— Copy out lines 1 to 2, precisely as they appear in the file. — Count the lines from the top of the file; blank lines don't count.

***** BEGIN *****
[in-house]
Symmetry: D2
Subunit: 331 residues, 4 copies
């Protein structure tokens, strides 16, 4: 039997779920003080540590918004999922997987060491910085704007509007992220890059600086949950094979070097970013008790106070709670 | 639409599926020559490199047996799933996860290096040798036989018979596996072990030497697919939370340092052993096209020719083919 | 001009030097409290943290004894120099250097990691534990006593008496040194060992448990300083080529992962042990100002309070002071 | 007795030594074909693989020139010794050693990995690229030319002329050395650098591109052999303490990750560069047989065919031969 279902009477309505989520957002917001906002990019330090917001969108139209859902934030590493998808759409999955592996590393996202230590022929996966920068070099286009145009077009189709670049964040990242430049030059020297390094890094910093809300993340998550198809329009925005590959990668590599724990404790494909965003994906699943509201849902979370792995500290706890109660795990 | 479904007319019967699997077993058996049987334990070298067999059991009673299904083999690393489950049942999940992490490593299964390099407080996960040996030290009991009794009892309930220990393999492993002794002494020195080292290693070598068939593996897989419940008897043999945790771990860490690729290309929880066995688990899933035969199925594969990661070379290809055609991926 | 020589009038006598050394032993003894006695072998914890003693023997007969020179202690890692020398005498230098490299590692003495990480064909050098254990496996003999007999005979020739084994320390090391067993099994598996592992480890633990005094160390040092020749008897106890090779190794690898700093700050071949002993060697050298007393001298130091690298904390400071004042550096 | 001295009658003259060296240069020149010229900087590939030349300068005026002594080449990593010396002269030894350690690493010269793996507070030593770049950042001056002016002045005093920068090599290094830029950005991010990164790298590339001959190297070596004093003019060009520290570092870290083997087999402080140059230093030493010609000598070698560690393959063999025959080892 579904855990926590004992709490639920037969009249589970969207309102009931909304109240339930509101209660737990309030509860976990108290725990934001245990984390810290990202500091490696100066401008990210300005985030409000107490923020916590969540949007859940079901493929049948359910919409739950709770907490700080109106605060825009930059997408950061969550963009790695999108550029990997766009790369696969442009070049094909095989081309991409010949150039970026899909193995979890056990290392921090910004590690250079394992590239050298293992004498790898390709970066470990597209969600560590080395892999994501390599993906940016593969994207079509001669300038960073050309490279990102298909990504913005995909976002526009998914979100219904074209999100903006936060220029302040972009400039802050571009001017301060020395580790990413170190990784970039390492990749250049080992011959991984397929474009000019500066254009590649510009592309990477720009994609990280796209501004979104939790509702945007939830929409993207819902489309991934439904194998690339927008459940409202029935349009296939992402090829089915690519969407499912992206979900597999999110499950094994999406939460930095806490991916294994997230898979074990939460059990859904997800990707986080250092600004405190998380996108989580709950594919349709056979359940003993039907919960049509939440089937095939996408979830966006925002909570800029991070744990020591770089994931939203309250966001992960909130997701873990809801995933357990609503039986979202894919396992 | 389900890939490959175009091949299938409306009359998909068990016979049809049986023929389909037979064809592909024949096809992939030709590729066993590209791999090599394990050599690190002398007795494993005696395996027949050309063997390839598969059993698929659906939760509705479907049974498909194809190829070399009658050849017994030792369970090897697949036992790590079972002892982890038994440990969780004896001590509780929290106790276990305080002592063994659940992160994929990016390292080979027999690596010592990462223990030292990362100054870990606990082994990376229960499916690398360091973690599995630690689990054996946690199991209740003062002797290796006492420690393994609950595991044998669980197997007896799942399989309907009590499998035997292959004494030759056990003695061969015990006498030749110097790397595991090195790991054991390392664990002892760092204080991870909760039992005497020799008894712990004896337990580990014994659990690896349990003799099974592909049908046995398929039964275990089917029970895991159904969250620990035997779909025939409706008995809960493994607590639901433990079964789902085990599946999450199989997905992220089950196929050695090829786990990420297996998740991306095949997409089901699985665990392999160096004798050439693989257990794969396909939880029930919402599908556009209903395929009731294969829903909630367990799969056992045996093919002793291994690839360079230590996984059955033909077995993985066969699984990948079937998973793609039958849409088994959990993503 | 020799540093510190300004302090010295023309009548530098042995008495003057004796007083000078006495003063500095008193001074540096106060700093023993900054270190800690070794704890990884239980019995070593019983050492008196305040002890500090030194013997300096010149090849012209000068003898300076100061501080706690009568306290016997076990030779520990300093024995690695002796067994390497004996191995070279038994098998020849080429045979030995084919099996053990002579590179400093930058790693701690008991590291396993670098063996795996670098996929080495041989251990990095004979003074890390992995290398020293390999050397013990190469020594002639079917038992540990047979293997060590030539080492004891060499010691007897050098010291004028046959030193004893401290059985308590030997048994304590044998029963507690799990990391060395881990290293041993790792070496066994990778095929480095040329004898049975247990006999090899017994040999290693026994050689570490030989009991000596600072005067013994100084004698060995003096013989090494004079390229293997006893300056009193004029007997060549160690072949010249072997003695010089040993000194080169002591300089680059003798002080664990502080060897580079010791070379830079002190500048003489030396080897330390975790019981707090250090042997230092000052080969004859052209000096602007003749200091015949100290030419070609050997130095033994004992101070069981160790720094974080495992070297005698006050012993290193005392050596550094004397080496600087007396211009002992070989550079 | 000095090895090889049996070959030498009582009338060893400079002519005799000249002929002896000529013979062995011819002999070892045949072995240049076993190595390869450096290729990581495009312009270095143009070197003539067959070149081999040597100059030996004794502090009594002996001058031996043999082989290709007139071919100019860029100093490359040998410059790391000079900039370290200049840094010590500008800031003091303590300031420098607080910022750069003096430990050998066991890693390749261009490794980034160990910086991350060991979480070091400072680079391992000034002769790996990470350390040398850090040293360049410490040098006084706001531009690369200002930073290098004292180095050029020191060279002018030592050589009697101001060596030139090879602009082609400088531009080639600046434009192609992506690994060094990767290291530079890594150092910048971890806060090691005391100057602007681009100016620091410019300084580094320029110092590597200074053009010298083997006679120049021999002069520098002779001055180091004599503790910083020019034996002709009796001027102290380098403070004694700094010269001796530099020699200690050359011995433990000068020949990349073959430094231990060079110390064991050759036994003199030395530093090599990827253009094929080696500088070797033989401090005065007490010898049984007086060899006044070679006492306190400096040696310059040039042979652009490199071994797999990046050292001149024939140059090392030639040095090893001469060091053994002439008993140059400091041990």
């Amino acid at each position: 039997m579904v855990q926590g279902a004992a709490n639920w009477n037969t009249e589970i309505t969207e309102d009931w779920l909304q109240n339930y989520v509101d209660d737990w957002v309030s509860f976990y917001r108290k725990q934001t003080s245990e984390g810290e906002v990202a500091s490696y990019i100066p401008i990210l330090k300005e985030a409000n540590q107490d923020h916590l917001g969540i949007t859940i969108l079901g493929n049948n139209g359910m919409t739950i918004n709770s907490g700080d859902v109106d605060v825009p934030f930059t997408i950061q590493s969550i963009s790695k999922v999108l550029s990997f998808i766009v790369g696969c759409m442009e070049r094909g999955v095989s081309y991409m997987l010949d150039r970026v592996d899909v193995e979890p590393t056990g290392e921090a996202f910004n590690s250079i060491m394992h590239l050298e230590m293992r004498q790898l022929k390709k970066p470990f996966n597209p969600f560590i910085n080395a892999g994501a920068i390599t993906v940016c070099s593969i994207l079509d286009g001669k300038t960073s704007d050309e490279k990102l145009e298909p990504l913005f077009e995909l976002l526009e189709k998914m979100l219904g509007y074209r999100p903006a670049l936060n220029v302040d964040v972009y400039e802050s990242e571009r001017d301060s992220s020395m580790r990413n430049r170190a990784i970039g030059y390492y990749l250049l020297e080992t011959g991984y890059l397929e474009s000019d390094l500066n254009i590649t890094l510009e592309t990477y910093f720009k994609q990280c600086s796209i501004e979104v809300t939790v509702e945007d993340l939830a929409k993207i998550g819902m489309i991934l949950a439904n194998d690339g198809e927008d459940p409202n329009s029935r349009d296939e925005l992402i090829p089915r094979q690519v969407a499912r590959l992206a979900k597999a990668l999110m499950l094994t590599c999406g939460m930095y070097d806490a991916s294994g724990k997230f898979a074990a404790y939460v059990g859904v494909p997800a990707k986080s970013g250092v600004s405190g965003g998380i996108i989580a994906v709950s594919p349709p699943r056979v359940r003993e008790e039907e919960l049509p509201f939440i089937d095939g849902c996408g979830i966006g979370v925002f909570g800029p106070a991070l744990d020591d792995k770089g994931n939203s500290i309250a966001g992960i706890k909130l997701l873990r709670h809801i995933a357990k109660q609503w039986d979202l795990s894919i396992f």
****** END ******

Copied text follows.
[in-house]
Symmetry: D2